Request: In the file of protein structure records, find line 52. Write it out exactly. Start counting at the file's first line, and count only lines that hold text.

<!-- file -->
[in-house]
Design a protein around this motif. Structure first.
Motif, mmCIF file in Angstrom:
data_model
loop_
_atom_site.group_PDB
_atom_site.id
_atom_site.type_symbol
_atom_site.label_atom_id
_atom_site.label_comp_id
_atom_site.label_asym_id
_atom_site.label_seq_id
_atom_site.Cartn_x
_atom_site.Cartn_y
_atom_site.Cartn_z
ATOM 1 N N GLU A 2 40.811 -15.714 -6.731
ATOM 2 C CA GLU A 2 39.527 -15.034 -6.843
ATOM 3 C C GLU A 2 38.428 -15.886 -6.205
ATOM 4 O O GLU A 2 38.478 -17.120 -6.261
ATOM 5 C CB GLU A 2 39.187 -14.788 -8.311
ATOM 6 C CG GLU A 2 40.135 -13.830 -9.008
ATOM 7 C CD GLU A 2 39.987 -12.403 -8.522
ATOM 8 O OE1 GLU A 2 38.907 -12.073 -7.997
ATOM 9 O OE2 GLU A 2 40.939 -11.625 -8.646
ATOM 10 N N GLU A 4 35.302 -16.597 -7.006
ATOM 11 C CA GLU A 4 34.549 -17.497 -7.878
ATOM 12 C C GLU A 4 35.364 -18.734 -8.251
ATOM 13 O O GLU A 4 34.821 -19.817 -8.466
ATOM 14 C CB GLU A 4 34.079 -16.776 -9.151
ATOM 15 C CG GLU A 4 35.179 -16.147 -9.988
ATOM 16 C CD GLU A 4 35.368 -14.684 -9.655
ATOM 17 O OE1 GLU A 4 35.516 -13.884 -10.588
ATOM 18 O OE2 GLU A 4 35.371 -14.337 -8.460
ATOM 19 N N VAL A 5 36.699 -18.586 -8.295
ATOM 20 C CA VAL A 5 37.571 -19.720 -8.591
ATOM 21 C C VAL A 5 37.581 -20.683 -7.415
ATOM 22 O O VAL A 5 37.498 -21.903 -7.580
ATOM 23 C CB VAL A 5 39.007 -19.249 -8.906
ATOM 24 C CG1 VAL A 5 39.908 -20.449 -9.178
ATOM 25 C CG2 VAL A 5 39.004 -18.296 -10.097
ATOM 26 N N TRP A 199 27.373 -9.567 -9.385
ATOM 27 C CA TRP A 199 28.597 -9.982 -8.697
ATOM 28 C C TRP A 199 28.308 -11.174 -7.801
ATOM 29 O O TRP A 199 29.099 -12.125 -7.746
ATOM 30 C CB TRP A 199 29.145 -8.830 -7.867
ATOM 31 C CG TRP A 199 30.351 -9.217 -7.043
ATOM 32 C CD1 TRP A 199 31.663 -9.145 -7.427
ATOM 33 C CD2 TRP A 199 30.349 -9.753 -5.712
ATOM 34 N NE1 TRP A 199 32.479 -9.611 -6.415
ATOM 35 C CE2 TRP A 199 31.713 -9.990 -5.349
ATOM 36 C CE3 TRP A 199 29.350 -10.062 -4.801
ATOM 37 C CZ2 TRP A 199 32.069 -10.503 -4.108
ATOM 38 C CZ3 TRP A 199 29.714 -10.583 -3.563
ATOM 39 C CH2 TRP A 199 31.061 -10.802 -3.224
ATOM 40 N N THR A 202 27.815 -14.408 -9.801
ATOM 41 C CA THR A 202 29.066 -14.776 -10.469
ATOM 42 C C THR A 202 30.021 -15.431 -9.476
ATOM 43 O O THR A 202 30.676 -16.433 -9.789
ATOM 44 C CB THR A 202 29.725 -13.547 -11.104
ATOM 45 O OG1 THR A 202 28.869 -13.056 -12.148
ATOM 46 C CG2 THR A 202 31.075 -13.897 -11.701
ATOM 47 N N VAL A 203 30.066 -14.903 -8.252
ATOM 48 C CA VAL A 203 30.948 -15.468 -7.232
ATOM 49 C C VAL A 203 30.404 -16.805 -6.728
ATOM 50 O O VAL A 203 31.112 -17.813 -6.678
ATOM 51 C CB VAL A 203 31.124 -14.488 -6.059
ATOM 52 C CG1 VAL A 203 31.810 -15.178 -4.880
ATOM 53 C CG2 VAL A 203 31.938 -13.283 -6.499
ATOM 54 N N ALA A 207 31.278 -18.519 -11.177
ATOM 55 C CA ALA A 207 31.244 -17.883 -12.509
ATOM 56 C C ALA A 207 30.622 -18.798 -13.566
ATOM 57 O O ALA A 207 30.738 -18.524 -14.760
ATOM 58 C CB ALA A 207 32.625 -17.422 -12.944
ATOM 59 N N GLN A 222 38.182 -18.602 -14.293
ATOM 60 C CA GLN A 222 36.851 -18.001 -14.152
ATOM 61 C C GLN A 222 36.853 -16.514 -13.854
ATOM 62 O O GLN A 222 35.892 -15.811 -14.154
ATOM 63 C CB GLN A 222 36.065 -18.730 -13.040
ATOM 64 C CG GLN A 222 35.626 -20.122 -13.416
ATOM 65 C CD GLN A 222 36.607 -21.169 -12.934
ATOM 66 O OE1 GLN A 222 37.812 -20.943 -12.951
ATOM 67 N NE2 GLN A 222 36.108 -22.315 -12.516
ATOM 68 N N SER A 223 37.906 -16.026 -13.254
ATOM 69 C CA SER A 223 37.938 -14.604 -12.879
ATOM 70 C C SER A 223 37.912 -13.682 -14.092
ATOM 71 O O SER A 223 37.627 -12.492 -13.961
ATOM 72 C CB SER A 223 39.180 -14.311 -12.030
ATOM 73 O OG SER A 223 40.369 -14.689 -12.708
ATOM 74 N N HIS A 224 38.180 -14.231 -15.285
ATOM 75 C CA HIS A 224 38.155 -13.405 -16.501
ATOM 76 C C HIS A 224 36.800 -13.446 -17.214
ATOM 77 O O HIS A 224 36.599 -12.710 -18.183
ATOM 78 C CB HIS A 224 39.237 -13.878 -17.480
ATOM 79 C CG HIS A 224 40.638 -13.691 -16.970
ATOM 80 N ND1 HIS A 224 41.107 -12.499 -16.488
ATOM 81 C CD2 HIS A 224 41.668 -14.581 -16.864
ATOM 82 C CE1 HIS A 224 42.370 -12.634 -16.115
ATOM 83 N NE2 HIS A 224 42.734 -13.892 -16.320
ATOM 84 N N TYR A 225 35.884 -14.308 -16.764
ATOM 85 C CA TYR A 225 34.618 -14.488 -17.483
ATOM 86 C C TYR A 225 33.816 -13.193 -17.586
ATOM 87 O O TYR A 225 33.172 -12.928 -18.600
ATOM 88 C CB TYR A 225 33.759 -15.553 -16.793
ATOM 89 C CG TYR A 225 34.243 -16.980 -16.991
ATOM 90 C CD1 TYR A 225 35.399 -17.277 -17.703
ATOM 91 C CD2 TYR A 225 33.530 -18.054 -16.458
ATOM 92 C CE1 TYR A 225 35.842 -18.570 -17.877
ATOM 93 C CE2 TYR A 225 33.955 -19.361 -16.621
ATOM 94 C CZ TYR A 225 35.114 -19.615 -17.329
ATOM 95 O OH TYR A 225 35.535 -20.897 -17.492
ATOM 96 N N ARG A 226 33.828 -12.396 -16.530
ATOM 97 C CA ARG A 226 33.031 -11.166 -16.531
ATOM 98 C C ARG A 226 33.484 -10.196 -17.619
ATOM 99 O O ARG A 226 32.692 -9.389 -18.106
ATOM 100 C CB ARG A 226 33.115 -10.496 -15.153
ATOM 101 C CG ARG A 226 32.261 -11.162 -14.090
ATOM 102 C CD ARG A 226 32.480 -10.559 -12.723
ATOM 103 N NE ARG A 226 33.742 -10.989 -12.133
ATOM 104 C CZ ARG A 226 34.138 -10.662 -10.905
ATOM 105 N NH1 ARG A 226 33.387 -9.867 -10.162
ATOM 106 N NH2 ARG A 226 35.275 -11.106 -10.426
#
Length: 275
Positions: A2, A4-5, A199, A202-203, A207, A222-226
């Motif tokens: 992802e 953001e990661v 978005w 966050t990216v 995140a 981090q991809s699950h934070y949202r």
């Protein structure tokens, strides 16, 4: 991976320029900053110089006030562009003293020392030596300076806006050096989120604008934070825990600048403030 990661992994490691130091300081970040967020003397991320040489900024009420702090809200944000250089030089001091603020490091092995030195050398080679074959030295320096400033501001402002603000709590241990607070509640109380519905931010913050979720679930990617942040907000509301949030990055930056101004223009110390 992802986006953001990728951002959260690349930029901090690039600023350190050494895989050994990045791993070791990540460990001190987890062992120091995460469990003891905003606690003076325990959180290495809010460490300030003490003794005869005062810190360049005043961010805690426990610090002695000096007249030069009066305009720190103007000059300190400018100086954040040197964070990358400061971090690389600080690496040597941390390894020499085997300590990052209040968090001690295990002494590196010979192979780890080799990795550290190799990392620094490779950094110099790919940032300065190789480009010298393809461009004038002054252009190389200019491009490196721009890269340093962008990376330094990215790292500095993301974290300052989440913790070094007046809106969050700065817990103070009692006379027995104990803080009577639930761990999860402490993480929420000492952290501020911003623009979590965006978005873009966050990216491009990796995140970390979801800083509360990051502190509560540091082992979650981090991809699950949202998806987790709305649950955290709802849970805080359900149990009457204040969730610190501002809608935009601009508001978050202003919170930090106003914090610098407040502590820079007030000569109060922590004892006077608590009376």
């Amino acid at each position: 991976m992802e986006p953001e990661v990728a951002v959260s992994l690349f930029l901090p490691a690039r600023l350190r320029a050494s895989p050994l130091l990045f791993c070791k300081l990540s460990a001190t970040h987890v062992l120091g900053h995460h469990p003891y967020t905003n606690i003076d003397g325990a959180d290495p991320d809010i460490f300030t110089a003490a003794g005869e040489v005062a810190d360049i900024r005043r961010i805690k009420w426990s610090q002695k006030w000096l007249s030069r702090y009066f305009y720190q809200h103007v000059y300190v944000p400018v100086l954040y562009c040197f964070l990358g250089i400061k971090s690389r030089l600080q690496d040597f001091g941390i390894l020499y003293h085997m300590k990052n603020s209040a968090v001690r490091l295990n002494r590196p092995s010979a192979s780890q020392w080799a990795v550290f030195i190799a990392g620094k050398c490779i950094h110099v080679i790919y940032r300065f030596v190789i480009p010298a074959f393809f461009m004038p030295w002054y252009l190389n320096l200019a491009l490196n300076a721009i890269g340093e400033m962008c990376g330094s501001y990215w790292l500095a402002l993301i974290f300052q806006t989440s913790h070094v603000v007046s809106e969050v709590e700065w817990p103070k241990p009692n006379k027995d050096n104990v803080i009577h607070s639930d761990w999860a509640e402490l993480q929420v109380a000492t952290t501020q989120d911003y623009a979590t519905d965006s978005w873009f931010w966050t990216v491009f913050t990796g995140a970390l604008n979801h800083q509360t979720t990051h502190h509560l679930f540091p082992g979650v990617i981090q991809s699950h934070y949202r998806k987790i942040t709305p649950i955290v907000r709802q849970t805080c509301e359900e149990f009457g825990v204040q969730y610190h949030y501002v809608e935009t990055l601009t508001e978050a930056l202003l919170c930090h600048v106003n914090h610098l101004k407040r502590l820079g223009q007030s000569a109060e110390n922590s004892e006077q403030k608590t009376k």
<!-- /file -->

ATOM 37 C CZ2 TRP A 199 32.069 -10.503 -4.108